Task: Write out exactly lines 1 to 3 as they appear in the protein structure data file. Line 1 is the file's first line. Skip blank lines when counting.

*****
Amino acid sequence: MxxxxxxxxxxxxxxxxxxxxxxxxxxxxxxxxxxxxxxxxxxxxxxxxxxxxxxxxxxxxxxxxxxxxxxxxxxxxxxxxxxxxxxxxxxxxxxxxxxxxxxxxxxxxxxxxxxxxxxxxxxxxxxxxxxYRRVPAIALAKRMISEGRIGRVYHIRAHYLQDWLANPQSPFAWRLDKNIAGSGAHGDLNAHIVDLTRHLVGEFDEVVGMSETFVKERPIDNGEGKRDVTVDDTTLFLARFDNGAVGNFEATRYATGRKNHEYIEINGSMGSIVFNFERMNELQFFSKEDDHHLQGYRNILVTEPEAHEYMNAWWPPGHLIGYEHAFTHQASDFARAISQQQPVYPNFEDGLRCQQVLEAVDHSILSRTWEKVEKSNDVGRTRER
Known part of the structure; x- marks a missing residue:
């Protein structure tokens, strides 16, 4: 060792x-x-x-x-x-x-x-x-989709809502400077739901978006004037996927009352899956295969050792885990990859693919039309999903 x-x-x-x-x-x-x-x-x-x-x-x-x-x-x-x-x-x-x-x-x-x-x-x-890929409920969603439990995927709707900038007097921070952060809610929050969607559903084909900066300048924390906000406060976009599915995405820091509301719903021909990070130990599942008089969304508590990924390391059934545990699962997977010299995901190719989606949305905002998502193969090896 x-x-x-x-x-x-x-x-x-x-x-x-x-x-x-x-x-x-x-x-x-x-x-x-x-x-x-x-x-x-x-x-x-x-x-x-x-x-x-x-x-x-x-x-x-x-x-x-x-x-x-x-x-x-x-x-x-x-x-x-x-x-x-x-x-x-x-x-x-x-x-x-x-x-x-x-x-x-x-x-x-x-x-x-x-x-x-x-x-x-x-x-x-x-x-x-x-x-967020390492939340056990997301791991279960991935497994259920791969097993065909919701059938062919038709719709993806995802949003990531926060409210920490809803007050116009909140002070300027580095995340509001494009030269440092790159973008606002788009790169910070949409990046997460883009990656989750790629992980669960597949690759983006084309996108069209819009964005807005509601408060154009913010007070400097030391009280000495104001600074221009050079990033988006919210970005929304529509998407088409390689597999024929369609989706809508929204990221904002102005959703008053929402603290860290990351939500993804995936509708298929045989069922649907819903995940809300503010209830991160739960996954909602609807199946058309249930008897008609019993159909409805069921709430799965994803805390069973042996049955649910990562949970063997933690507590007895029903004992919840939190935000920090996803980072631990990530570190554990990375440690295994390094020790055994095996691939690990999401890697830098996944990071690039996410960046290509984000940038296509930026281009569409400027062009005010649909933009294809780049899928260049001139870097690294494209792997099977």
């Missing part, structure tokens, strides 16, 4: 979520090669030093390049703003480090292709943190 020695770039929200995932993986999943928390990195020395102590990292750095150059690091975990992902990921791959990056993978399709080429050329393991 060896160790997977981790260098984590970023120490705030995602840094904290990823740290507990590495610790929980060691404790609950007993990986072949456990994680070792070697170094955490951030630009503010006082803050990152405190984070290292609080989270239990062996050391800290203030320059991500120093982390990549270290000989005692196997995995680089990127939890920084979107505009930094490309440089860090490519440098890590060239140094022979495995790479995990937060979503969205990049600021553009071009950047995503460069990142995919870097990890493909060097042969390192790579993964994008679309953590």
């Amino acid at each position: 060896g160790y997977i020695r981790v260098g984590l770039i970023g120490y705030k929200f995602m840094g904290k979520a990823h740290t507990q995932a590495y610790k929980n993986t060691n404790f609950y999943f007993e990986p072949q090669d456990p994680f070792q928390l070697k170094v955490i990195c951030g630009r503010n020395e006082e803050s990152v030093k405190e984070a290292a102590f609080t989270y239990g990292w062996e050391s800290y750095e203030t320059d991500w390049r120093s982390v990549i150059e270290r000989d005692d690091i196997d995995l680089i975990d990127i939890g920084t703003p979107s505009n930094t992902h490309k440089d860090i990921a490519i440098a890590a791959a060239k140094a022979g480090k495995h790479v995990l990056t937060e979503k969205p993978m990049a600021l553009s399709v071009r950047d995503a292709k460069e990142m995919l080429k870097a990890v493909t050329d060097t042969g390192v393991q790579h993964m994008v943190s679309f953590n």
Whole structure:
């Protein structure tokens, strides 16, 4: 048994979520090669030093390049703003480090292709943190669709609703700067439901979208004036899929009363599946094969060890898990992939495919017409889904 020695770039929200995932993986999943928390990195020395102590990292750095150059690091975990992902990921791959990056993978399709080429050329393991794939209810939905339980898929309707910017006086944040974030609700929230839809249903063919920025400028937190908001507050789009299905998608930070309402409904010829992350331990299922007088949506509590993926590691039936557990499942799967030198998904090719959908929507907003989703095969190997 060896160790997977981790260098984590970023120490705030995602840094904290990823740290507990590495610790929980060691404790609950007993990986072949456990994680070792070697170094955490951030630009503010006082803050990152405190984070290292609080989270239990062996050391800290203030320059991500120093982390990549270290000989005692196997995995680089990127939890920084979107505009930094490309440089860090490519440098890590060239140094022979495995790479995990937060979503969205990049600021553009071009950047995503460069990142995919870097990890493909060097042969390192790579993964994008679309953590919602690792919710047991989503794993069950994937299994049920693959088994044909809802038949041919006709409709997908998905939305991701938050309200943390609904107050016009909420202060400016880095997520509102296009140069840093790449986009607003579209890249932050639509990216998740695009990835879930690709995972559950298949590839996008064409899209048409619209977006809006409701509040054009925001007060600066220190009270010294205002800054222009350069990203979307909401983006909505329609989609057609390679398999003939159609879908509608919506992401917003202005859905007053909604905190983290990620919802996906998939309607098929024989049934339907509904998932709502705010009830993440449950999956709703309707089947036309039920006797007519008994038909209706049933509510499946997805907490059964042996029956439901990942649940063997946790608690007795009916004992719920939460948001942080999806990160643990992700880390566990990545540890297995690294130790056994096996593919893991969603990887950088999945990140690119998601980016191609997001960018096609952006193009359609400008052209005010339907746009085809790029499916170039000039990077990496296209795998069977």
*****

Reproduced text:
Amino acid sequence: MxxxxxxxxxxxxxxxxxxxxxxxxxxxxxxxxxxxxxxxxxxxxxxxxxxxxxxxxxxxxxxxxxxxxxxxxxxxxxxxxxxxxxxxxxxxxxxxxxxxxxxxxxxxxxxxxxxxxxxxxxxxxxxxxxxYRRVPAIALAKRMISEGRIGRVYHIRAHYLQDWLANPQSPFAWRLDKNIAGSGAHGDLNAHIVDLTRHLVGEFDEVVGMSETFVKERPIDNGEGKRDVTVDDTTLFLARFDNGAVGNFEATRYATGRKNHEYIEINGSMGSIVFNFERMNELQFFSKEDDHHLQGYRNILVTEPEAHEYMNAWWPPGHLIGYEHAFTHQASDFARAISQQQPVYPNFEDGLRCQQVLEAVDHSILSRTWEKVEKSNDVGRTRER
Known part of the structure; x- marks a missing residue:
């Protein structure tokens, strides 16, 4: 060792x-x-x-x-x-x-x-x-989709809502400077739901978006004037996927009352899956295969050792885990990859693919039309999903 x-x-x-x-x-x-x-x-x-x-x-x-x-x-x-x-x-x-x-x-x-x-x-x-890929409920969603439990995927709707900038007097921070952060809610929050969607559903084909900066300048924390906000406060976009599915995405820091509301719903021909990070130990599942008089969304508590990924390391059934545990699962997977010299995901190719989606949305905002998502193969090896 x-x-x-x-x-x-x-x-x-x-x-x-x-x-x-x-x-x-x-x-x-x-x-x-x-x-x-x-x-x-x-x-x-x-x-x-x-x-x-x-x-x-x-x-x-x-x-x-x-x-x-x-x-x-x-x-x-x-x-x-x-x-x-x-x-x-x-x-x-x-x-x-x-x-x-x-x-x-x-x-x-x-x-x-x-x-x-x-x-x-x-x-x-x-x-x-x-x-967020390492939340056990997301791991279960991935497994259920791969097993065909919701059938062919038709719709993806995802949003990531926060409210920490809803007050116009909140002070300027580095995340509001494009030269440092790159973008606002788009790169910070949409990046997460883009990656989750790629992980669960597949690759983006084309996108069209819009964005807005509601408060154009913010007070400097030391009280000495104001600074221009050079990033988006919210970005929304529509998407088409390689597999024929369609989706809508929204990221904002102005959703008053929402603290860290990351939500993804995936509708298929045989069922649907819903995940809300503010209830991160739960996954909602609807199946058309249930008897008609019993159909409805069921709430799965994803805390069973042996049955649910990562949970063997933690507590007895029903004992919840939190935000920090996803980072631990990530570190554990990375440690295994390094020790055994095996691939690990999401890697830098996944990071690039996410960046290509984000940038296509930026281009569409400027062009005010649909933009294809780049899928260049001139870097690294494209792997099977």